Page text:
Dh45m recycling facility opens and Abu Dhabi's waste now diverted from landfills, helping emirate sustain its growth, officials say.
Demolished buildings turned into new roads
ABU DHABI // A plant capable of recycling all the concrete and asphalt left from demolished buildings has opened, diverting hundreds of thousands of tonnes of waste from Al Dharfa landfill. Officials say the Dh45million (US$12m) facility, next to the landfill, will help to make the emirate's growth sustainable.
"To me, waste is a resource," said Majid al Mansouri, the secretary general of the Environment Agency-Abu Dhabi (EAD), during a tour of the facility. By recycling concrete and asphalt, the new facility could potentially reduce demand for freshly quarried rock and other materials, he said. There is a substantial environmental cost to extracting fresh rock for construction, usually quarried from the mountains of Ras al Khaimah and Fujairah. Quarrying disturbs wildlife, sends dust clouds into the air that raise concerns for public health in surrounding towns and villages and can disrupt mountain wadis.
The new plant can process more than 5,000 tonnes of concrete and 1,200 tonnes of asphalt every day, producing aggregate for road construction. It was now compulsory for construction companies and those transporting construction waste to deposit loads at the new facility, Mr al Mansouri said during Monday's tour. A system would be put in place in the next three to four months for tracking waste disposal vehicles to monitor compliance, he said.
Previously, construction and demolition debris was dumped at increasingly overburdened landfills. Al Dharfa is Abu Dhabi's largest site, covering 16 square kilometres. The site receives various types of waste including household rubbish, medical waste and hazardous materials, with construction and demolition debris representing a significant portion. Despite the benefits, recycling facilities of this kind use large amounts of water - about 50,000 litres per day - to suppress dust created during the recycling process.
Questions remain regarding how the plant would be affected by a construction slowdown in Abu Dhabi, although, officials said the business case for the plant was solid. "We are confident there is a market for this material," said Tim Harwood, the general manager of Thiess Services Middle East, the private company behind the project. "There is a lot of infrastructure development still in Abu Dhabi."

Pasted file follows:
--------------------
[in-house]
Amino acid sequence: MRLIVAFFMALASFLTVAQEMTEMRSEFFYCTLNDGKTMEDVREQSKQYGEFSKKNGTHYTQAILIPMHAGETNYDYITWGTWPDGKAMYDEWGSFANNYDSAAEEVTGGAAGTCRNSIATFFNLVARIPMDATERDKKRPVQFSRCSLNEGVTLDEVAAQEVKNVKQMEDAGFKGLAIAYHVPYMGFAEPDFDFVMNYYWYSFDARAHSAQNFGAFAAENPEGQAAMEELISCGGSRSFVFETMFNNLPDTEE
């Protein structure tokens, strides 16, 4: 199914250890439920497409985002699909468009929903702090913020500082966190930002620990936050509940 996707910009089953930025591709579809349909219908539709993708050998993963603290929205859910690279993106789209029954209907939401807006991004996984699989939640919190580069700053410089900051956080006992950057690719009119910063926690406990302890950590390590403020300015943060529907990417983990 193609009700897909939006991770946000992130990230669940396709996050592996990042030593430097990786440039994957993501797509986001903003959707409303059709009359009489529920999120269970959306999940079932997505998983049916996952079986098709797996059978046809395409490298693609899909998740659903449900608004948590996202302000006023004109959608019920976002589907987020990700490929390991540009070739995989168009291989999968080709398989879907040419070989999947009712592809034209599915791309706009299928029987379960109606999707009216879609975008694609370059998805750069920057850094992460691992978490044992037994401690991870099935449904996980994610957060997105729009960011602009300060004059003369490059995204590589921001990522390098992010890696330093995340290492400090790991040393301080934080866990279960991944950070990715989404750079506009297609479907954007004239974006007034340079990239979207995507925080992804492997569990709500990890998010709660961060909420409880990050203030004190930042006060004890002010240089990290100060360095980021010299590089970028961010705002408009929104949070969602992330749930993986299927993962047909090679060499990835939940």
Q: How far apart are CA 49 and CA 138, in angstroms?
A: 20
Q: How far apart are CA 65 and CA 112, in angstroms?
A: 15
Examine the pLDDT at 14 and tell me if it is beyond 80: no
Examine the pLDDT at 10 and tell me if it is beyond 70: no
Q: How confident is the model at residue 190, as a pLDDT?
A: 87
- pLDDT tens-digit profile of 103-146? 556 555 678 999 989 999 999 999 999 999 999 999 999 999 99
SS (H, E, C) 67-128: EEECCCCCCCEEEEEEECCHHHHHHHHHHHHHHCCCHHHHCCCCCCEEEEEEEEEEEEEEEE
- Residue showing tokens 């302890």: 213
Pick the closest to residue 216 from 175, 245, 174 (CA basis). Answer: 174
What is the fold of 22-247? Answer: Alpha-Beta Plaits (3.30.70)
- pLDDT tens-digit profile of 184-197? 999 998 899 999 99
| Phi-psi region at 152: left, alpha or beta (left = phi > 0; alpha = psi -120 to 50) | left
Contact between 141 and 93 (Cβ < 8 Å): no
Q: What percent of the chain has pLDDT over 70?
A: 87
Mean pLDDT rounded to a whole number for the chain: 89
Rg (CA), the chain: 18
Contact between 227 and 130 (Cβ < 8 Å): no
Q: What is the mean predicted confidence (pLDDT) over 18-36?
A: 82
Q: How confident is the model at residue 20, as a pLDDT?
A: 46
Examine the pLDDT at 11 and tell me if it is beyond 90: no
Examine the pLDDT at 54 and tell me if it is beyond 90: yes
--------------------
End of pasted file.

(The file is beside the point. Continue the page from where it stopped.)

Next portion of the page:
The company, formed in 2008, is a joint venture between Australia's Thiess Services and Dubai-based Al Habtoor Engineering Enterprises. Thiess will operate the plant for 15 years before transferring it to the Government. The company was already selling the plant's end product to a contractor in the UAE, said Mr Harwood. Dr Bader al Harahsheh, the general manager of the Center of Waste Management Abu Dhabi, said the emirate produced 9,000 tonnes of construction and demolition waste per day.
The plant was equipped to eventually process up to 15,000 tonnes, he said. "The capacity will increase according to our needs," said Dr al Harahsheh. One way of encouraging recycling schemes is to increase the cost of disposing of waste at landfills. In Abu Dhabi, the rate is Dh10 per load, which is too low to encourage recycling companies to move in. Mr al Mansouri and Dr al Harahsheh said the Government was considering increasing these fees.
"There is a tariff system, we have not applied it yet," said Dr al Harahsheh. "That is something we are in the process of implementing." In addition to Abu Dhabi, Al Ain is also getting its own recycling plant for construction and demolition waste. The facility, said Mr al Mansouri, would be operating within three months. Mr al Mansouri said plans for tyre recycling facilities in Al Ain and Abu Dhabi were taking shape and the one in Al Ain was already under construction, he said.